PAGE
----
Dharma is God – Eternal, Intelligent, and Non-distinguishing


Buddham Sharnam Gachhami, Dharmam Sharnam Gachhami (Come to the Shelter of Buddha. Come to the Shelter of Dharma); .  Surrender to the Lord.  Tera bhaana meetha laage.  Arjun, surrender to me completely.

Niyam, Dharma, Law, Lord, Hukum, Cosmic Flow, Cosmic law – these are words used for just one thing.  That, which Stephen Hawkins wants us believe is the Law of Creation sans a Creator.  Just that those who articulated the above phrases called this law as the Creator!   For them, law was the Creator and Creator the law.  There is no difference between submission to the Hukum or Dharma and submission to the Akal Purukh or the Buddha (the Knower).  It is important to remember here that Buddha was not a person but a state that Gautama reached.

God, really speaking, is not some power establishing or running the law.  God IS the law.  The Law that is eternal, all pervading, that is everything, and that which spares nothing.  The nature – which is a physical manifestation visible to us and the way we have defined it – is a somewhat useful proxy we have chosen for the eternal law.

Nature works and has its own law and a portion of that flow is known.  We have decoded some of it and we claim, that now, since we know how the law is working..well, kind of… we can say the law is natural and obvious and inherently dumb.   The act of knowing which we are convinced is an act of our “intelligence” supercedes the occurence of the knowable.  The knowable that packs the intelligence we are trying to decode is lost to us.

That which works perfectly and that which we have tried to decode and still aren’t done after such a long search is, therefore taken to dumb and obvious.  And therefore evidence of no intelligence.  The property of being obvious is construed to be the evidence of lack of intelligence.  Because admission of “intelligence” that is inherent in the law is also the realization that “I am not everything”

The merits of this claim sit on the ego of the claimant.  Ego, which says just because “I know the pieces of the law.. well.. sorta” I need not assume its primacy.  The act of knowing by “me” is a triumph over the object of knowing.  The object that I am trying to understand is not important, but I am important because I have arrived at its knowledge.  And, the act of my arrival at that knowledge gives me enough evidence that property of the object which made it what it is, was of no significance to start with.  My very act of knowing is the evidence of lack of object’s inherent value.

What Buddha, Nanak, Krishna, and Jesus were trying to say was they realize that Law is there and no one created it, and that it is the only reality.  They found that our act of knowing and the progress to understand it takes us to a place, where we find that everything – the knowledge, the act of knowing, and the knower – were all manifestations and part of the law or the structure itself.  And that until one was claiming to know but not willing to flow,one was fighting the flow.  The more you fight the Dharma or the Lord or the Hukum, the more you get hurt.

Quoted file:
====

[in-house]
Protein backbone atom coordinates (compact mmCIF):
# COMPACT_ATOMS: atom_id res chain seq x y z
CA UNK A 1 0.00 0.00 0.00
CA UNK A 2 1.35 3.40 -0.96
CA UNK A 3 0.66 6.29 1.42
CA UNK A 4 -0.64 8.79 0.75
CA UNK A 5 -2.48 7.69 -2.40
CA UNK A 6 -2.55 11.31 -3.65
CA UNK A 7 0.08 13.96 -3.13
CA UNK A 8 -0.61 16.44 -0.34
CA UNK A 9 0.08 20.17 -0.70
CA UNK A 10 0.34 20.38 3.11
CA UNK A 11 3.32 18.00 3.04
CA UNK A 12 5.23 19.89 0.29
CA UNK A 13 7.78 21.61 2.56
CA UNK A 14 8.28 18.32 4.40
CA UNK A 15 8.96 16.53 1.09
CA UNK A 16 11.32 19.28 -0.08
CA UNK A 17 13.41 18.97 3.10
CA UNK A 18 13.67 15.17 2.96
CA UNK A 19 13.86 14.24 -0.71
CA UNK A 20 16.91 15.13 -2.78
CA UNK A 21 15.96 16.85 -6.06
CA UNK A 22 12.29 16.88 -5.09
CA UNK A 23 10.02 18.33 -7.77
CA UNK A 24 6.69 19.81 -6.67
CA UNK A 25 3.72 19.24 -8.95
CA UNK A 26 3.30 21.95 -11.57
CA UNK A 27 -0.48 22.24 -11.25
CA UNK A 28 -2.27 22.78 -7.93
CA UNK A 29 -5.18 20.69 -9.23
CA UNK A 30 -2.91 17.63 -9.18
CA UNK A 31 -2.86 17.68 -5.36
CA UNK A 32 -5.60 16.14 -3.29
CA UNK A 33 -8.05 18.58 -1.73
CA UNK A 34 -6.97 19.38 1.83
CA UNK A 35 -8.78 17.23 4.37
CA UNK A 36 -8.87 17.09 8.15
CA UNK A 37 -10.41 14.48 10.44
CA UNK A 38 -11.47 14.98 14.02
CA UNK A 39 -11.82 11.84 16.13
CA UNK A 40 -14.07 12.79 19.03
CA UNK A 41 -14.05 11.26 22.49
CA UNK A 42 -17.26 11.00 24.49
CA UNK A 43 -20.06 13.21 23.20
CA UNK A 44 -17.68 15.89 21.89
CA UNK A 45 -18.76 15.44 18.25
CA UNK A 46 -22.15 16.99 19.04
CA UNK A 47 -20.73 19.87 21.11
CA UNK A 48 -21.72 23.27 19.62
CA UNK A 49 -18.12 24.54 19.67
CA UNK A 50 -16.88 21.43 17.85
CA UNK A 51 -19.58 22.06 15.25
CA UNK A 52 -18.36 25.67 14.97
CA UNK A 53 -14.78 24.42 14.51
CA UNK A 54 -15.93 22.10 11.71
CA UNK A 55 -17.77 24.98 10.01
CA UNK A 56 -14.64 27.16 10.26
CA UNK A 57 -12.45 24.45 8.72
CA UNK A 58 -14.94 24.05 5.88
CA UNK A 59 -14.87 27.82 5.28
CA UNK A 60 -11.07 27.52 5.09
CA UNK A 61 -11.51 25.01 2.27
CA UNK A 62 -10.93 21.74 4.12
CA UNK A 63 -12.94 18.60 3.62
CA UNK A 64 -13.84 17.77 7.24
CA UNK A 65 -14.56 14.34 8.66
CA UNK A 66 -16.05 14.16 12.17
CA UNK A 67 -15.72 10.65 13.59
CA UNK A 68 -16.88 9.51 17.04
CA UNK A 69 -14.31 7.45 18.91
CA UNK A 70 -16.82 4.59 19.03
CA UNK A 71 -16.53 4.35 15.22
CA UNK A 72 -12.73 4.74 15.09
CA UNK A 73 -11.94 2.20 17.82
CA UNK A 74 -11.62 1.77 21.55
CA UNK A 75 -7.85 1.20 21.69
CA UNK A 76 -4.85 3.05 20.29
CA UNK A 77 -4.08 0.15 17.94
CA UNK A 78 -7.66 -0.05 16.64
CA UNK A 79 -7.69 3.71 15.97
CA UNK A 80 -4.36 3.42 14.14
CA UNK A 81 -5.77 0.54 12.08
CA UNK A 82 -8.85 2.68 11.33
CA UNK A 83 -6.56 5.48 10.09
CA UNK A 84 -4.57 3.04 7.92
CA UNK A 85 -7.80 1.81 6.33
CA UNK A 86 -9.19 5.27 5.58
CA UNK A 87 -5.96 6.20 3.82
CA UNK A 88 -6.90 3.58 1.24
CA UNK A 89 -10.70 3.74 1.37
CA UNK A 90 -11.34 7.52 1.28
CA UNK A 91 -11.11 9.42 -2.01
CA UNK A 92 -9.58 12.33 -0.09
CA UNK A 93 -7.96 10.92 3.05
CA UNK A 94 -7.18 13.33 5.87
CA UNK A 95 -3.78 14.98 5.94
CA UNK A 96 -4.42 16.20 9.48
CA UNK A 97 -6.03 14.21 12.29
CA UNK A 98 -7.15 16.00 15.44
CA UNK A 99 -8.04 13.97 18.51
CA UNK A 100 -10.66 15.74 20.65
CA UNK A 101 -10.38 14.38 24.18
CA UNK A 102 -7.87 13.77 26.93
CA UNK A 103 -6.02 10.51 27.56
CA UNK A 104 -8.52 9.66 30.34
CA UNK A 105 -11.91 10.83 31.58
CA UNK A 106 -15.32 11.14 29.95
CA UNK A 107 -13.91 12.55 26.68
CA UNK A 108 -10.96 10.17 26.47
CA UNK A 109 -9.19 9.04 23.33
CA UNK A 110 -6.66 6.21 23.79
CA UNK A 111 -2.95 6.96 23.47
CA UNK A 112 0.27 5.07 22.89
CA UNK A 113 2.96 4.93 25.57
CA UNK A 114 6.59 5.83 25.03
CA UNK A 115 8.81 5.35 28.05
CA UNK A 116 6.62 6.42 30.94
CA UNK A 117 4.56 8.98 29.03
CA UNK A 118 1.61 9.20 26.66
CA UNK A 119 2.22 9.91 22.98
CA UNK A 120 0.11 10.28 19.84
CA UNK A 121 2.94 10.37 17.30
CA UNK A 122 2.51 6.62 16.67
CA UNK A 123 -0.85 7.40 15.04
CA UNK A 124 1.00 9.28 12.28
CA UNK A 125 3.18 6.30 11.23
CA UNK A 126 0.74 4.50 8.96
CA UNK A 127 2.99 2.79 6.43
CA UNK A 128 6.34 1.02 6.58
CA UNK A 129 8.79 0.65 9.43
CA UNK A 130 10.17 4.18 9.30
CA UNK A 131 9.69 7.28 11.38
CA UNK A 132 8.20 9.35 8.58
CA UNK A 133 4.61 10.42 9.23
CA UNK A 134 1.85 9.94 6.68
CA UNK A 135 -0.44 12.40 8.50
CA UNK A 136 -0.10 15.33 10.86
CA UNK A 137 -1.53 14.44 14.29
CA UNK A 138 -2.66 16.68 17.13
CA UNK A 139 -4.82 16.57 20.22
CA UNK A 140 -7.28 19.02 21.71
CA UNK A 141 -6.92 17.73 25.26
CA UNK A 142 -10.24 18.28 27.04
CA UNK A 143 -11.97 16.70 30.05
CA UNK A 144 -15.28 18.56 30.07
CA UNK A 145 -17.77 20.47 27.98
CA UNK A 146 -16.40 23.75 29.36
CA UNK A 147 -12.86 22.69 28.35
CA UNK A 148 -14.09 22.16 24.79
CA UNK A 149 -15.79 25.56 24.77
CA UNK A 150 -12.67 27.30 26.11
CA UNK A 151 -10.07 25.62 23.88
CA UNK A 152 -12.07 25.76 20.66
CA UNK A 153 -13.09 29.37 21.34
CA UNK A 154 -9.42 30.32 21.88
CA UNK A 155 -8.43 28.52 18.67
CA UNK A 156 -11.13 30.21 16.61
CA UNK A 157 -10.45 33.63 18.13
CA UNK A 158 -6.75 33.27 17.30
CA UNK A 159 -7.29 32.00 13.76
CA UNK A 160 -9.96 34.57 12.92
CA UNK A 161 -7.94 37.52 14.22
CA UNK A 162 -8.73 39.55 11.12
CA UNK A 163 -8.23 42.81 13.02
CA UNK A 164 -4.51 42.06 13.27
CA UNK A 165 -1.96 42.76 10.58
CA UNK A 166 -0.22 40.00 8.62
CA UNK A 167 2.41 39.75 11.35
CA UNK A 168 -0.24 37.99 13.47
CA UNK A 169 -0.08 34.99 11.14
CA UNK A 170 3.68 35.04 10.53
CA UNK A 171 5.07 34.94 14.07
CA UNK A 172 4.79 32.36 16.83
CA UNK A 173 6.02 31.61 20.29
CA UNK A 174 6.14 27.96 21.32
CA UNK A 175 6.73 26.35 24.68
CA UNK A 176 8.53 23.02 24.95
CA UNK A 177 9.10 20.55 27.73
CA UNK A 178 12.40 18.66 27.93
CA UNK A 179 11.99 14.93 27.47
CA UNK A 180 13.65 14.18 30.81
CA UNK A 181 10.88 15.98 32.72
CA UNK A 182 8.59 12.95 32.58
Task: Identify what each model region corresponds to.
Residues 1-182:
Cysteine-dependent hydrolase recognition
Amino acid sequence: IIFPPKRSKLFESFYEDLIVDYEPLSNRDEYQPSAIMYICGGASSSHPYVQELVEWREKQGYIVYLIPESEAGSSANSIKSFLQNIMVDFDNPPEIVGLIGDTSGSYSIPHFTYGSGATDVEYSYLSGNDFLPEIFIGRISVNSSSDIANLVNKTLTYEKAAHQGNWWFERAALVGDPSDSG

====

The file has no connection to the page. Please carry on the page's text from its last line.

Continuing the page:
Dharma is not there because you know it.  Dharma will not be gone because you don’t know it.  It will also not be affected because you twist its understanding.  It doesn’t “care”.  It is Eternal and it is complete.  It has no need to enforce and it has no need to stop or be revealed.  It is there.  It is what it is.  It is not for it to reveal to you.  It is for you to recognize it.

And those who do end up finding it, feel a sense of utter humility and even disdain for their ownself.  They realize how insufficient and nonsensical their entire story of the mind was up until that point.  All that they had conjured up and known was all wrong.  When one comes face to face with the Eternal law, the first reaction of a person is tears and utter humility.  One may not understand why one is crying out of sheer submission, but the consciousness does.  The mind suddenly sees that, which was the truth and knows its “game is up”.  The experiencing of one’s limitation and of one’s vastness is simultaneous.  The split second act of moving from limited existence to unlimited existence – that breaking of the ultimate “barrier” is the event of Nirvana.

The natural flow of Dharma is like the sunlight outside your window.  The opening of the window and you experiencing the warmth of sunlight is Gyan or real knowledge.

Gyan naturally leads to humility and humility to submission.  But Gyan is not in reinforcing the known on what is unknown as is the case with the religious and folks like Hawkins.  But leaving the known and experiencing the unknown in it is complete splendour!

The flowering of one from what one thinks one is to what one really is, is the act of enlightenment.

One finds then that existence of Dharma was not affected by its experiencing by someone.  It was there.  The experiencer gained bliss from the experience.  But then, the experiencer realizes that he is no different from the experience itself, for to experience the “me” had to die down.  And, that he was the experience all along, but the property of ego kept him from realizing it.  Realizing that, and the related humility which comes naturally and is not practiced, is all that the entire “game” was all about.

That is why, when Hindus, who had the sole goal of experiencing the Dharma or that Lord were asked what was their “religion” or pursuit for – they called it “Sanatan Dharma” – or the Eternal Law.  That is all, that this pursuit is about.

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